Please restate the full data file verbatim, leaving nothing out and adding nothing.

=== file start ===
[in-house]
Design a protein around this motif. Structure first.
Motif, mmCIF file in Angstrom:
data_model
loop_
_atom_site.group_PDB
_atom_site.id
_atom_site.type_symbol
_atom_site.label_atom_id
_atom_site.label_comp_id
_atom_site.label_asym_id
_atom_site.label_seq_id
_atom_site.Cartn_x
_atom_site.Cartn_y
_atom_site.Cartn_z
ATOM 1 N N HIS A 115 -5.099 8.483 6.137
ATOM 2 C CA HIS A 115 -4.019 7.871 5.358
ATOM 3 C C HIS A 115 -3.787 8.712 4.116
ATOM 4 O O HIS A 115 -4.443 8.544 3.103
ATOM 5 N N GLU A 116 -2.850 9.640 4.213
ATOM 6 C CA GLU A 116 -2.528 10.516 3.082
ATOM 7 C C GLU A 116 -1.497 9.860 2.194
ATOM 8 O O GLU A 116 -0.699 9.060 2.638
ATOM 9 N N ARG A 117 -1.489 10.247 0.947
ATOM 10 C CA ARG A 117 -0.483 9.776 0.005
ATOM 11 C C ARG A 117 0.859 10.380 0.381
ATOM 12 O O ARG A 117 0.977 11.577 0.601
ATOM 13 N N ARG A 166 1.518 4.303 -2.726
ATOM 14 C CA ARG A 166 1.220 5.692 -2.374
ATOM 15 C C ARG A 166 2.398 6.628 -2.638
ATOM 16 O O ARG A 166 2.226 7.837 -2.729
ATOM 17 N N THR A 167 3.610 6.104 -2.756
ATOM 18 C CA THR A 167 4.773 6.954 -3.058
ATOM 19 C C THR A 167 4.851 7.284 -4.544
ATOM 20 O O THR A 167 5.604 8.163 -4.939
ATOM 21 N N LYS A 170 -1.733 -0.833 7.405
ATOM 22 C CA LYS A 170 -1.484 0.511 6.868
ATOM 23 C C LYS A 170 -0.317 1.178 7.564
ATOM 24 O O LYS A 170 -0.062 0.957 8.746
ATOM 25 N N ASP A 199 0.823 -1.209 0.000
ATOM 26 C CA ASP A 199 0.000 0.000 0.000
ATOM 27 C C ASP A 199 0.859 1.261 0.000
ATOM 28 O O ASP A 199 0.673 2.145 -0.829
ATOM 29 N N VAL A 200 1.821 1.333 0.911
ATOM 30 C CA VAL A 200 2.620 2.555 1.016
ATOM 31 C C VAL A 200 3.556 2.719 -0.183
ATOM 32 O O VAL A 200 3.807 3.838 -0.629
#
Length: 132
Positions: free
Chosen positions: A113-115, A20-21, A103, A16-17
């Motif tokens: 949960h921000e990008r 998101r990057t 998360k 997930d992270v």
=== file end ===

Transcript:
[in-house]
Design a protein around this motif. Structure first.
Motif, mmCIF file in Angstrom:
data_model
loop_
_atom_site.group_PDB
_atom_site.id
_atom_site.type_symbol
_atom_site.label_atom_id
_atom_site.label_comp_id
_atom_site.label_asym_id
_atom_site.label_seq_id
_atom_site.Cartn_x
_atom_site.Cartn_y
_atom_site.Cartn_z
ATOM 1 N N HIS A 115 -5.099 8.483 6.137
ATOM 2 C CA HIS A 115 -4.019 7.871 5.358
ATOM 3 C C HIS A 115 -3.787 8.712 4.116
ATOM 4 O O HIS A 115 -4.443 8.544 3.103
ATOM 5 N N GLU A 116 -2.850 9.640 4.213
ATOM 6 C CA GLU A 116 -2.528 10.516 3.082
ATOM 7 C C GLU A 116 -1.497 9.860 2.194
ATOM 8 O O GLU A 116 -0.699 9.060 2.638
ATOM 9 N N ARG A 117 -1.489 10.247 0.947
ATOM 10 C CA ARG A 117 -0.483 9.776 0.005
ATOM 11 C C ARG A 117 0.859 10.380 0.381
ATOM 12 O O ARG A 117 0.977 11.577 0.601
ATOM 13 N N ARG A 166 1.518 4.303 -2.726
ATOM 14 C CA ARG A 166 1.220 5.692 -2.374
ATOM 15 C C ARG A 166 2.398 6.628 -2.638
ATOM 16 O O ARG A 166 2.226 7.837 -2.729
ATOM 17 N N THR A 167 3.610 6.104 -2.756
ATOM 18 C CA THR A 167 4.773 6.954 -3.058
ATOM 19 C C THR A 167 4.851 7.284 -4.544
ATOM 20 O O THR A 167 5.604 8.163 -4.939
ATOM 21 N N LYS A 170 -1.733 -0.833 7.405
ATOM 22 C CA LYS A 170 -1.484 0.511 6.868
ATOM 23 C C LYS A 170 -0.317 1.178 7.564
ATOM 24 O O LYS A 170 -0.062 0.957 8.746
ATOM 25 N N ASP A 199 0.823 -1.209 0.000
ATOM 26 C CA ASP A 199 0.000 0.000 0.000
ATOM 27 C C ASP A 199 0.859 1.261 0.000
ATOM 28 O O ASP A 199 0.673 2.145 -0.829
ATOM 29 N N VAL A 200 1.821 1.333 0.911
ATOM 30 C CA VAL A 200 2.620 2.555 1.016
ATOM 31 C C VAL A 200 3.556 2.719 -0.183
ATOM 32 O O VAL A 200 3.807 3.838 -0.629
#
Length: 132
Positions: free
Chosen positions: A113-115, A20-21, A103, A16-17
């Motif tokens: 949960h921000e990008r 998101r990057t 998360k 997930d992270v």